There are five English consonants that can double as vowels. They are ‘m,’ ‘n,’ ‘ng,’ ‘l,’ and ‘r’ (these are the English letters used to represent them since each letter has more than one sound, we will need to use the IPA for the sounds after this).
They are called either vocalic or syllabic, which are slightly different views of their function. They are vocalic because they have sustained voicing, and they are syllabic because they can form the core of a syllable. This course has an emphasis on syllables, so I will call them syllabic. Later in this section, we will examine each in detail with examples, but I’m going to give you a 10,000-foot view here.
The first three are called nasals because air flows through your nose when you make the sounds. The IPA symbols for the obstruent versions are /m/, /n/, and /ŋ/ (it is called agma or “ing”). They are obstruents in “Nate” /neɪt/, “mate” /meɪt/, and “sing” /sɪŋ/. When the sounds are syllabic, they are represented by a vertical line beneath them right in the center as in /m̩/, /n̩/. There is no syllabic agma /ŋ/, but ‘n’ and ‘m’ act as syllable cores in “button” /bʌɾ’ʔn̩/ and “bottom” /bɑɾ’ʔm̩/.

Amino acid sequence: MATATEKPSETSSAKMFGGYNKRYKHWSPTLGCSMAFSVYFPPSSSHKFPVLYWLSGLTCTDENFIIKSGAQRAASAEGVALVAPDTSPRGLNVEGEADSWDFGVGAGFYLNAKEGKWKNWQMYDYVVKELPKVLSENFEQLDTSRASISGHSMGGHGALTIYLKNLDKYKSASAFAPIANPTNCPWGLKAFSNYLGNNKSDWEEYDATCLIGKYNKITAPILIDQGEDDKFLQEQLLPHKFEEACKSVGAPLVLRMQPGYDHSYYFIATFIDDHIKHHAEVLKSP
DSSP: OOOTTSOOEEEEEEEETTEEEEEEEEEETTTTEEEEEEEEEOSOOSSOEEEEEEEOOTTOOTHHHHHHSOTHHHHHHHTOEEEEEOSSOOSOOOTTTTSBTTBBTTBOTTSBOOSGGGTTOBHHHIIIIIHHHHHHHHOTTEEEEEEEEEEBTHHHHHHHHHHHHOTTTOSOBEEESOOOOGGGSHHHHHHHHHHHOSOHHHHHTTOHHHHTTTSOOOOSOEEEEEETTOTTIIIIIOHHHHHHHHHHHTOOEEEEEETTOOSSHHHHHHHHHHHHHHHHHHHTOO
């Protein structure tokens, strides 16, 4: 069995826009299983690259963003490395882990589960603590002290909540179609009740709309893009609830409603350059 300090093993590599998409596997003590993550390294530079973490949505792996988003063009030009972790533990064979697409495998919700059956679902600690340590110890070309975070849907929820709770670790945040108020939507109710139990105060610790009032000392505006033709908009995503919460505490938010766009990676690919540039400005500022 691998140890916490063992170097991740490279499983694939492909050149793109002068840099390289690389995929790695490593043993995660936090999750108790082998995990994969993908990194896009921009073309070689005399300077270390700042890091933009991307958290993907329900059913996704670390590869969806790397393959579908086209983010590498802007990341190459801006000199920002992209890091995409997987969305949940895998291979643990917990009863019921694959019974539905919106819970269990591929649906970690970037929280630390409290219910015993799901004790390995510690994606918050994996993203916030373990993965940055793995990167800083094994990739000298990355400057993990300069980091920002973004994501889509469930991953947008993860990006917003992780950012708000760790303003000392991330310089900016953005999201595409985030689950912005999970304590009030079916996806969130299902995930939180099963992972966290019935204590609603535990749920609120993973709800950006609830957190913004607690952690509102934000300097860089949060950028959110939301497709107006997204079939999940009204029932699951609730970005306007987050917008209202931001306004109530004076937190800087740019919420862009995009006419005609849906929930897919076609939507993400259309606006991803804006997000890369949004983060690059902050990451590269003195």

The other two, ‘r’ and ‘l’ are called liquids, a name that goes back to Ancient Greece. The name came from their ability to add flexibility to poetic meter. The ‘r’ sounds are usually the most difficult for learners of English (there are five of them) but speakers of many East Asian languages have a hard time with the ‘l’ sounds, as well (there are three). In Japanese, for instance, the ‘r’ and ‘l’ sounds are allophones of the same phoneme and are difficult for Japanese that are learning English to distinguish.
Of the five ‘r’ sounds, three are considered to be vowels (which are always a syllable core), but since they are ‘r’ sounds, they overlap with consonants so I am discussing them here. The five are the obstruent as in “red” /ɹɛd/, and the four vowel ‘r’ sounds. These are the ‘r’ sound in “bird” /bɝd/ or “butter” /bʌɾɚ/ , and the r-colored vowels /ər/ as in “bear” /bɛr/, /ɪr/ as in “beer” /bɪr/, /ɔr/ as in “bore” /bɔr/.
The first of the three ‘l’ sounds is the ‘l’ you find at the beginning of syllables. It is sometimes called the light-l. For instance, “let” /lɛt/. The second is the one you often find at the end of syllables, as in “tall” /tɑɫ/. It is called the dark-l. Both of these are obstruents. The third ‘l’ sound is the syllabic ‘l,’ which can be a syllable core as in “bottle” /bɑɾ ‘ʔl̩/.
Each of these sounds is explored in detail in the following sections.